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After three years of shutdown for maintenance and planned upgrades, the world’s most powerful particle accelerator has been reignited for a new period of cutting-edge physics.
The Large Hadron Collider (LHC), at CERN on the Franco-Swiss border, was shut down in 2018 to allow scientists and engineers around the world to make it even more powerful.
This new energy frontier will allow researchers to tackle ever more difficult questions about the laws of nature and our understanding of the building blocks of matter.
As part of the international effort, UK teams carried out a series of essential works to improve the performance of each of the LHC’s four main instruments, including the iconic Compact Muon Solenoid (CMS).
Brunel University London partners with CERN in a number of areas, including the maintenance and operation of the massive CMS Silicon Tracker, a detector that allows scientists to track the momentum of charged particles.
“With the start of Phase 3 at the LHC, the Brunel Particle Physics Group, having successfully obtained two major research grants from the Council for Science and Technology Facilities, looks forward to the greatest anticipation, fully prepared for the challenges and ready to exploit the opportunities that will arise in the next phase of an international collaboration that has already achieved legendary status,” said Professor Akram Khan, Group Leader of the Brunel Particle Physics Group.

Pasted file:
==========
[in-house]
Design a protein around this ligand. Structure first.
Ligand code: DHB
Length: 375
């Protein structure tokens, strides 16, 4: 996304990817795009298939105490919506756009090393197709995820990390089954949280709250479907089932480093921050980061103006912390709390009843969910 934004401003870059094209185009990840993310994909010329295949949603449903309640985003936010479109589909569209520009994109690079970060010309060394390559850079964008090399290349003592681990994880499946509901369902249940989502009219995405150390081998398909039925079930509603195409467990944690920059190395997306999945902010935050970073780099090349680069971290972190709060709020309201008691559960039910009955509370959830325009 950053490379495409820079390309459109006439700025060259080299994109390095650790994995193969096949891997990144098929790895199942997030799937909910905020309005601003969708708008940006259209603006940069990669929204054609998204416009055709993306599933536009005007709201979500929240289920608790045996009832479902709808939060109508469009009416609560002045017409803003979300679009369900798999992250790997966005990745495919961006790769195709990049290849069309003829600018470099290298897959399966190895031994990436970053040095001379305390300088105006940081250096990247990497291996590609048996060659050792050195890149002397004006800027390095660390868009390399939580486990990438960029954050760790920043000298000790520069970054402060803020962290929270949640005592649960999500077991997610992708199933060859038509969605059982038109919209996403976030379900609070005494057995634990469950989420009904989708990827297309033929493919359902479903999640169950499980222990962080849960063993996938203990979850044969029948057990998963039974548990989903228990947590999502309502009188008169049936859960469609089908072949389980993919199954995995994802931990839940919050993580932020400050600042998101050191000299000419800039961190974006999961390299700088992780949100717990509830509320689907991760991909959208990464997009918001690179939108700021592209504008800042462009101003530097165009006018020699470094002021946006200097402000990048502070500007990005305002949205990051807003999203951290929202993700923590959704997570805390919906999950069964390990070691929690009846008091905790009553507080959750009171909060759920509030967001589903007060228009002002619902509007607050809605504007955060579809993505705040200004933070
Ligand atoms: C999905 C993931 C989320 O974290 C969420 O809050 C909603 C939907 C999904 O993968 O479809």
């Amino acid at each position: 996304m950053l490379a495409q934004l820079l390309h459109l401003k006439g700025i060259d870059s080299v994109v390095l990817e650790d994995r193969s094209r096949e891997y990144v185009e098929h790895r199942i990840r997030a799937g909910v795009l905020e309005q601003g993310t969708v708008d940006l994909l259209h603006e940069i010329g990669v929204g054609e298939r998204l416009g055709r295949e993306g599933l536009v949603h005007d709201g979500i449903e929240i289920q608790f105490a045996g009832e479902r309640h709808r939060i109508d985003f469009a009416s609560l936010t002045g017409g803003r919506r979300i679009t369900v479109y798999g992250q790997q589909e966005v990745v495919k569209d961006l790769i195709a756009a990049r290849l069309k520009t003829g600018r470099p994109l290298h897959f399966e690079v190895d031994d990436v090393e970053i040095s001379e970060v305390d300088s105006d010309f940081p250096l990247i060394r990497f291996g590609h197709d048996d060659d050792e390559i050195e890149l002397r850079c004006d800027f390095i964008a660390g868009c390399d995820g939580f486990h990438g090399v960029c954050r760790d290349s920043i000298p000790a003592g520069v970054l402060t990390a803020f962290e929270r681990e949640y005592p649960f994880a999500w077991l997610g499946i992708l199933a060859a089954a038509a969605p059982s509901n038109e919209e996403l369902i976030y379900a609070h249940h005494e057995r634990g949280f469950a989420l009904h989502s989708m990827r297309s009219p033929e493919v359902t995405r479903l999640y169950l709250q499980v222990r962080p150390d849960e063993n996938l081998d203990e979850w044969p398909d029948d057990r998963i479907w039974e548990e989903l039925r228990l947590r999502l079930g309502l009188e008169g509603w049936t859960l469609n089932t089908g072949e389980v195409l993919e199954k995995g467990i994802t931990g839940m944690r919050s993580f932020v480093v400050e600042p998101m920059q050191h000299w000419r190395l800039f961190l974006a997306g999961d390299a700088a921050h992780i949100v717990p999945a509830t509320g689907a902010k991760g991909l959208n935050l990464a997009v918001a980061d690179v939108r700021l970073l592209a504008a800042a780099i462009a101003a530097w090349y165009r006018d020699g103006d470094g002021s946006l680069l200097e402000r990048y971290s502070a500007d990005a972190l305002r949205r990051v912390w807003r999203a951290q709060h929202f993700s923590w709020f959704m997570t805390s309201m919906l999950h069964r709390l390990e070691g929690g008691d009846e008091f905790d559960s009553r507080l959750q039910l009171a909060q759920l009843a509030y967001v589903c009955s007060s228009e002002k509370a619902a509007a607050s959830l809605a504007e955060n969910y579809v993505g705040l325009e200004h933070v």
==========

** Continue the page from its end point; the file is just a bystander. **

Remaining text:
The Silicon Tracker is one of the largest silicon devices ever built, covering an area of approximately 200 square meters, or about the size of a tennis court. Using the tracker, CERN scientists can follow the position of a particle to about 10 microns, or about the width of a human hair.
“We have been working tirelessly, during the shutdown break, on the project to upgrade our CMS experience to enable it to cope with the unprecedented 50% increase in collision rate and 4, 5% of the energy,” Professor Khan said.
“Brunel’s expertise lies in the study of unique ‘Top Physics’, the associated Higgs production presenting exciting prospects for the possibility of discovering new physical processes beyond the Standard Model.”
UK Science Minister George Freeman said: “The Large Hadron Collider at CERN in Geneva is one of the most important laboratories in the world enabling scientists to understand the deepest questions of the atomic structure of our universe. and the origins of human life.
“The UK is proud to have been a founding partner of CERN and the key role British physicists and engineers have played in the design and construction of key parts for the Large Hadron Collider experiments.
“Through our leading role in global projects of this scale, the UK is building on a role as a global scientific superpower and helping to retain the highest caliber of talented scientists in the UK.”
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